Tuesday, December 8, 2009

The End is Nigh

Ten days till tits-off. And I feel fine.

Yesterday morning, G and I met with one of my plastic surgeon's nurses, who embodied the adjective chipper, and learned all about life after boobs. It will look like this: I'll have plastic tubes sewn into my arm pippies that will drain me from the inside out, which G will have to occasionally unclog as well as measure my output on a daily puss/blood/strange tissue bits log (Brief pause to recognize G's heroic dedication to the cause. He definitely didn't realize her was in for this when he agreed to those wedding vows last year.). My body may be in pain, but I will be sailing off to Darvocet island and lulled to slumber by the Ambien string quartet. I won't be able to raise my arms, so we'll have to get an old person's stool for the shower so I can sit whilst I bathe. And though I'll probably feel euphoric, energetic, and rarin' to go in just a few days, I'll have the endurance of one of those fainting goats, and will need to be near horizontal surfaces in case of unexpected naps.

And then, supposedly, life will go back to normal. And the only thing different will be that instead of boobs, I'll have silicone spheres sewn into my body in such a way that, to the causal observer, it will appear as though nothing is amiss.

But first, there's these next ten days to get through. And they are shaping up to be busy enough to distract me from thinking too much about this strange end to this bizarre journey I'm on. On Sunday, my dear friend A is hosting a Boob Voyage party. On Monday, I'm working with my wedding photographer (through whose lens I've never looked better) to take some tasteful photos (I'm imagining a lot of draping) of my d├ęcolletage. And then my family arrives Thursday and before you know it, I'm walking down the hospital corridor, laying down on the gurney, and going to sleep. Then, I'll wake up, and my life will be different, a little harder for a little while, but ultimately better, because I won't have to think about this any more, count the days, imagine the worst case scenarios, doubt my choices. I'm so glad it's almost over.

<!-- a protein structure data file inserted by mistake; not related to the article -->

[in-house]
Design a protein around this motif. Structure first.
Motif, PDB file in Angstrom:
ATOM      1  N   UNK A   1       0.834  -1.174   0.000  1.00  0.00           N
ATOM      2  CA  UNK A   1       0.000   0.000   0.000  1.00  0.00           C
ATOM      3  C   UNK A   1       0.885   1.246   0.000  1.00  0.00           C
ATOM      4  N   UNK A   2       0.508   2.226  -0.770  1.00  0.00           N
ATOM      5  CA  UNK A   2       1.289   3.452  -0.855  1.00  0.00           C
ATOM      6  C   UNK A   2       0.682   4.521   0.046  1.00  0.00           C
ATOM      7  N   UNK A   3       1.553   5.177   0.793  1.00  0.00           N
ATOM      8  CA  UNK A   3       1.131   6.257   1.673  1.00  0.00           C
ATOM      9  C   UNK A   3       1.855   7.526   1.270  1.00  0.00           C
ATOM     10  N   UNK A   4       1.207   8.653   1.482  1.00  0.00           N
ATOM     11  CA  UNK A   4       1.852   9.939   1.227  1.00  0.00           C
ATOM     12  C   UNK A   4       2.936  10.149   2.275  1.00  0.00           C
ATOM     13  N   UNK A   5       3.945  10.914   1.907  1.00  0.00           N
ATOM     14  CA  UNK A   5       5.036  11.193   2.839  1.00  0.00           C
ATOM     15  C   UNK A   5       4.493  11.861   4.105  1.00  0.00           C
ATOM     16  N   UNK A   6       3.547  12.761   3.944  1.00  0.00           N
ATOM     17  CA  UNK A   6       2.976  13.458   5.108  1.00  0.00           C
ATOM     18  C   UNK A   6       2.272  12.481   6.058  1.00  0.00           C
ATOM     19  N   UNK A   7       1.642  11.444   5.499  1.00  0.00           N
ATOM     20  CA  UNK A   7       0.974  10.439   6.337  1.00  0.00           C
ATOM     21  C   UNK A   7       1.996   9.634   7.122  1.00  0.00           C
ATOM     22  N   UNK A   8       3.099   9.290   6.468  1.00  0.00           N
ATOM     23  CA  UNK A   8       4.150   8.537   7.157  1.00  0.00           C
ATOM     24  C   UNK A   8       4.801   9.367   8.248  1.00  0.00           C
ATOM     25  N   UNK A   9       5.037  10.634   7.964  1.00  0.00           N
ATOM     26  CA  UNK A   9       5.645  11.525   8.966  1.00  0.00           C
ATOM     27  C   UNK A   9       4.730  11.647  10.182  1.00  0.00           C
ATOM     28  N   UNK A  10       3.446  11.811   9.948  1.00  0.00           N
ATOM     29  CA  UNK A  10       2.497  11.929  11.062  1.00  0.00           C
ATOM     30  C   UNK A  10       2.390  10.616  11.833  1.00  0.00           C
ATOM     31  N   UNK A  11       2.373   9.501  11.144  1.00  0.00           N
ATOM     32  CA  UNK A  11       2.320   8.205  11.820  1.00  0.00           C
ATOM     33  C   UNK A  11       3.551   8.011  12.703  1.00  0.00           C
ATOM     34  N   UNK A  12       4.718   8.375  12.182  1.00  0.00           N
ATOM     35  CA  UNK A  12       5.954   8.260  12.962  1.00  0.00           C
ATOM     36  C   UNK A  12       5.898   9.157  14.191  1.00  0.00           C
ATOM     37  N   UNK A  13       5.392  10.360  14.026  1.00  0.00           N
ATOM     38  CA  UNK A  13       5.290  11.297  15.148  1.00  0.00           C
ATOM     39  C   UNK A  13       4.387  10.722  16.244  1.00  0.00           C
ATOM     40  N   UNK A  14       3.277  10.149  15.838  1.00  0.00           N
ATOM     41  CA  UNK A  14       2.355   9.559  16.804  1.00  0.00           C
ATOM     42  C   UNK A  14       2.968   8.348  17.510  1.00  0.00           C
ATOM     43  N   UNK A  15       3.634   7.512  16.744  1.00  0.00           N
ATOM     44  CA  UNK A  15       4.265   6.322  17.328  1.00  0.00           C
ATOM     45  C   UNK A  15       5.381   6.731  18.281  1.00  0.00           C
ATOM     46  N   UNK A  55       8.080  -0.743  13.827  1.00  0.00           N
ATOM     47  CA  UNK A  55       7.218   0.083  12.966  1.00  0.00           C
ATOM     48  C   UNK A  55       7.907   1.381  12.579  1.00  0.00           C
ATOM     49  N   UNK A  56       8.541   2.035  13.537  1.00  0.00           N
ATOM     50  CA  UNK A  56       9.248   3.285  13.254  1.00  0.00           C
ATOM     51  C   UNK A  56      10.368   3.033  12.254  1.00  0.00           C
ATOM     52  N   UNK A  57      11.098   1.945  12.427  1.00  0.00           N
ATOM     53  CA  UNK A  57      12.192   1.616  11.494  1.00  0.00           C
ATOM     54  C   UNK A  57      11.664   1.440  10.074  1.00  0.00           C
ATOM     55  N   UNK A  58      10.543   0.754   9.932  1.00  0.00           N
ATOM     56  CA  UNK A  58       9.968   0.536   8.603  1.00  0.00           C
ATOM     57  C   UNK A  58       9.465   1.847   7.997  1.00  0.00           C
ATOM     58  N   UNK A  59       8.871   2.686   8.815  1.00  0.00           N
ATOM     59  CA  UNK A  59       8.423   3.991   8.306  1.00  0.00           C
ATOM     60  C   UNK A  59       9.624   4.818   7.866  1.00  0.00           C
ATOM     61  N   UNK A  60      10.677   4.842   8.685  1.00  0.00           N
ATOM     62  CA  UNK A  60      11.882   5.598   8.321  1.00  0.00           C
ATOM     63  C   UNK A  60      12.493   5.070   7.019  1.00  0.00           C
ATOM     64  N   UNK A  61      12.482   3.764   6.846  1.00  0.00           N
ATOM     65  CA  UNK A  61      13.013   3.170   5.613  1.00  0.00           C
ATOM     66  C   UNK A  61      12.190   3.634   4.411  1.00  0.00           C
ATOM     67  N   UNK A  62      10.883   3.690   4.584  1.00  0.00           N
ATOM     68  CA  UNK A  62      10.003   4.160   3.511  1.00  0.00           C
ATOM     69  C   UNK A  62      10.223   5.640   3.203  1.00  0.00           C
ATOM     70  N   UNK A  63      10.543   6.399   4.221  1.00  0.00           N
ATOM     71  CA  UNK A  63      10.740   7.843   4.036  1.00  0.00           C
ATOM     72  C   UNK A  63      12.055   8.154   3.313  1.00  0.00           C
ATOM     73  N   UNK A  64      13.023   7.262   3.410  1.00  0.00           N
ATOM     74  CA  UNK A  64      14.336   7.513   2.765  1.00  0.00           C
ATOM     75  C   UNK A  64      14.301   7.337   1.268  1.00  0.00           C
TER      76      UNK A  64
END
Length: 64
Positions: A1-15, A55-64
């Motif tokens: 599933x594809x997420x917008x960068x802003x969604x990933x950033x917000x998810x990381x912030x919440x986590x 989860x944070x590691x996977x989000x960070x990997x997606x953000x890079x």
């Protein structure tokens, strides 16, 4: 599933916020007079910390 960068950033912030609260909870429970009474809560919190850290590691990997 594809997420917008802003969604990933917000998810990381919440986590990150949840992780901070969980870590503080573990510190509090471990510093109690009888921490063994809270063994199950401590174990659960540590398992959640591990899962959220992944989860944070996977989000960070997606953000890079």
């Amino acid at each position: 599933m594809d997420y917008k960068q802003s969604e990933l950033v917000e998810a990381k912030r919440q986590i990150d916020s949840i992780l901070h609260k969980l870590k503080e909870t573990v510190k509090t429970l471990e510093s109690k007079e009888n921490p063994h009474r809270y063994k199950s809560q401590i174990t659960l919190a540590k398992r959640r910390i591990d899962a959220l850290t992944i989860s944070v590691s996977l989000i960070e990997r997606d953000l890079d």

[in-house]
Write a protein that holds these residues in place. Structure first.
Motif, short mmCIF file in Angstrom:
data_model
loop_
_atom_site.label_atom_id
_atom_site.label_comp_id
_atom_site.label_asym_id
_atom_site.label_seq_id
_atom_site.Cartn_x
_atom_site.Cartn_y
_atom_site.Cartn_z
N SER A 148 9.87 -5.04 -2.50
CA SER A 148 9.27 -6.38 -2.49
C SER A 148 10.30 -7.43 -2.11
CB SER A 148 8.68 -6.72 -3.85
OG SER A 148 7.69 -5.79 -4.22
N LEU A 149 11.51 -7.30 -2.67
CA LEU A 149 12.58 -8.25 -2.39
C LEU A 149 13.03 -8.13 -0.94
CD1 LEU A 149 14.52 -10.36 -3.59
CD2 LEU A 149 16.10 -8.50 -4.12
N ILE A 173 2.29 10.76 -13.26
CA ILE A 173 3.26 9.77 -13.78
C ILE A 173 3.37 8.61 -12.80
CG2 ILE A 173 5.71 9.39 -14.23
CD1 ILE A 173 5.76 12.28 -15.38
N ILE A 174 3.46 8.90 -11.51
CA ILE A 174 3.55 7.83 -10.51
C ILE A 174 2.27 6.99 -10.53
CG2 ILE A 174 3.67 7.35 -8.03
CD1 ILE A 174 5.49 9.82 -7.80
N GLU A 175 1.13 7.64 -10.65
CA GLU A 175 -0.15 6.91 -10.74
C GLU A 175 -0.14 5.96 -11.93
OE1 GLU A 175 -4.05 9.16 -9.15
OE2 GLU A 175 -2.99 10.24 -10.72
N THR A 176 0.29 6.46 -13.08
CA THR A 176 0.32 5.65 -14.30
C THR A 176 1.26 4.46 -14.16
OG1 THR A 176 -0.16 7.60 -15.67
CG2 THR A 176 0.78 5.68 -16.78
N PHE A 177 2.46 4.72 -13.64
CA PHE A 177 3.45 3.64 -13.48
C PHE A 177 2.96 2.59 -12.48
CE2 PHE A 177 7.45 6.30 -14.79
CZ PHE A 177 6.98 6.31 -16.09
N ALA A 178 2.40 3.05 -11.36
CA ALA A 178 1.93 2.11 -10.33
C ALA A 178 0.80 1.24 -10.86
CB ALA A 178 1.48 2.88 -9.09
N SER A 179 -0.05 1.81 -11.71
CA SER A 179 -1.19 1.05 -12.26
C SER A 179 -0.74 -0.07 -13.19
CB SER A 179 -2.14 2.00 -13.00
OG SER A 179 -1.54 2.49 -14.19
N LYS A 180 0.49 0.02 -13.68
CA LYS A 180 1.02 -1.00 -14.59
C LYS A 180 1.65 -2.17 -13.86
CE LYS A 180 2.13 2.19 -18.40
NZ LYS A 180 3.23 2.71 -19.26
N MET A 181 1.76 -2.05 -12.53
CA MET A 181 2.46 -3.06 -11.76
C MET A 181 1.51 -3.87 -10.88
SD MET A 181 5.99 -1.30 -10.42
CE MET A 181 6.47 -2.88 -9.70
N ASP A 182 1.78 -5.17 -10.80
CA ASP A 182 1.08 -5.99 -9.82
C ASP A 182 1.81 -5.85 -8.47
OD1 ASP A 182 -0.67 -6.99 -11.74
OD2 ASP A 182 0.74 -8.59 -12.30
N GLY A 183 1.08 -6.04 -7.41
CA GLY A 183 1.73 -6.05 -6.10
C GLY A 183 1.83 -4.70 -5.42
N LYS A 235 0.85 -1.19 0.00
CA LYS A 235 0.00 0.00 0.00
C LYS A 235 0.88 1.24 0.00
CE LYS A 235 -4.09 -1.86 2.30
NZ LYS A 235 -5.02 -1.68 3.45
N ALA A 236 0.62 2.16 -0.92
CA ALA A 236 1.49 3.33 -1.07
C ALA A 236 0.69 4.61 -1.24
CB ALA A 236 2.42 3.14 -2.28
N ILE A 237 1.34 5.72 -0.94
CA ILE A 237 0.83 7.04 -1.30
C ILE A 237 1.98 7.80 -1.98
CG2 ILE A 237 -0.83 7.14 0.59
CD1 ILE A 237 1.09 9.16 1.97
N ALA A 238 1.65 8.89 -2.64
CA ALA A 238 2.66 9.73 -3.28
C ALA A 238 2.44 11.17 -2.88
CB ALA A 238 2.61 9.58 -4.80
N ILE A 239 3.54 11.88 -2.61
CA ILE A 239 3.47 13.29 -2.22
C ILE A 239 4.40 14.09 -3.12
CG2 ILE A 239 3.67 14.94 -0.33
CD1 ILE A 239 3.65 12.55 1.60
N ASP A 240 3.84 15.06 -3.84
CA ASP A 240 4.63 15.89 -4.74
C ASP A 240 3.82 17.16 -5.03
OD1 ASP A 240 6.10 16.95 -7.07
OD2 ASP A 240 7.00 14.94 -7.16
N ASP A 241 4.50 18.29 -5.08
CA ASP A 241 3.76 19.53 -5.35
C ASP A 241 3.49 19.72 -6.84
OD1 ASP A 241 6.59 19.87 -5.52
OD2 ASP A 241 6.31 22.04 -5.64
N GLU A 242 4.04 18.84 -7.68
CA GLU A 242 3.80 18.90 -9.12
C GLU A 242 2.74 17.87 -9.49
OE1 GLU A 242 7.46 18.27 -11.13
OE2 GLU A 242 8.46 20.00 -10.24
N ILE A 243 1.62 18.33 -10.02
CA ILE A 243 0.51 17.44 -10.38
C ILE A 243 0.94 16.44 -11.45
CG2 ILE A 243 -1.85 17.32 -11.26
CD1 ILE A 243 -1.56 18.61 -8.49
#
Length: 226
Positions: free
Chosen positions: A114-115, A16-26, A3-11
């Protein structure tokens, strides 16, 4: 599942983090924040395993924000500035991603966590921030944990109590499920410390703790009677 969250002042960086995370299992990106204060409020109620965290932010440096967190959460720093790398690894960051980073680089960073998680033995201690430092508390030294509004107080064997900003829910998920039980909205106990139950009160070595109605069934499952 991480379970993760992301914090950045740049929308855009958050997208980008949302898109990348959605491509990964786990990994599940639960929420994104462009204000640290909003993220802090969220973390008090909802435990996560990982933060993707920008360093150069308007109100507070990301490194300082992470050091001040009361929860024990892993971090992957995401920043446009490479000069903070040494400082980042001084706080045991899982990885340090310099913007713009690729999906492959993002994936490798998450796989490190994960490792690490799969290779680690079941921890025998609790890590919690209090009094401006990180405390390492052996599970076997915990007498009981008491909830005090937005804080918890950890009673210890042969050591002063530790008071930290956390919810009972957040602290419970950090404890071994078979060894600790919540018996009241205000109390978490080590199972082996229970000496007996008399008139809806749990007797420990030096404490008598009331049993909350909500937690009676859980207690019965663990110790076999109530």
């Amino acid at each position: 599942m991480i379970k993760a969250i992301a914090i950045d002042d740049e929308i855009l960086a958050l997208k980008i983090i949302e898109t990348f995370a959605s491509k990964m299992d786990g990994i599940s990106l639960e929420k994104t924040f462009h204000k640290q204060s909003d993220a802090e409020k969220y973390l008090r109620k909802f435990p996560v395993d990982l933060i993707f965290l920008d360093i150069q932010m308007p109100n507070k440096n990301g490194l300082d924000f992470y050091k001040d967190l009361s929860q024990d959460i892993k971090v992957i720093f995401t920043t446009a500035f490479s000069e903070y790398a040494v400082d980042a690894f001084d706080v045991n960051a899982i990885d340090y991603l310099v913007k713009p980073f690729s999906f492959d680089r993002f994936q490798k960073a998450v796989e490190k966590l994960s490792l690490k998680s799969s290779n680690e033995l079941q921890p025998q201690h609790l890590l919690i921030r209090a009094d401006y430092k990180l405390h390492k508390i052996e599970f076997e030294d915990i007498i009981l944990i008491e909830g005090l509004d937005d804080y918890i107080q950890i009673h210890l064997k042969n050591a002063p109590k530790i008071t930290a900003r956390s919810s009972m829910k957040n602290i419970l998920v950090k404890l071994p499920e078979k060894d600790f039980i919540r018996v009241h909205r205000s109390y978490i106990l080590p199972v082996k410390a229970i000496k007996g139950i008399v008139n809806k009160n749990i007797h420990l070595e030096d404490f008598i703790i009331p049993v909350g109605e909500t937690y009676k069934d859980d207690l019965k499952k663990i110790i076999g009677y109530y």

1. Hi there. I have followed your blog for a while, never commenting. I felt compelled to do so tonight as I read your end is near post. I too have the prophylactic bilateral mastectomy, in June of this past year - with the same surgeons you are using. Your account of the days post surgery seems pretty spot on. More importantly, your hope for the days post-mastectomy/reconstruction is abolutely right on! YOur mind will be clearer, your body less tense (your chest a little heavier), your decision even more right. I did this surgery preventatively but turned out I already (at age 31) had a stage 0, grade 2 cancer - requiring NO further treatment. even if that cancer werent there - I never would have second guessed my decision, though not easy to make. Good luck to you, if I can help (talk you down, sympathize,etc -email me at gmsimmons77 at gmail dot com) My only suggestion is to spend lots of time in your husbands arms, topless, so you can remember that warm comfy feeling...that is the only thing I miss, over and over again.

  2. It's your turn now! It sounds like you have a GREAT support system set up and it wasn't (until recently) I really learned just how important that would be. You will be calmer, healthier, and better off for the hard choice that you're having to make.

    Don't forget to take the time, personally, to say goodbye to your breasts and to honor them.

    All the best and please let me know if there is anything I can do or say!

    -- Brandi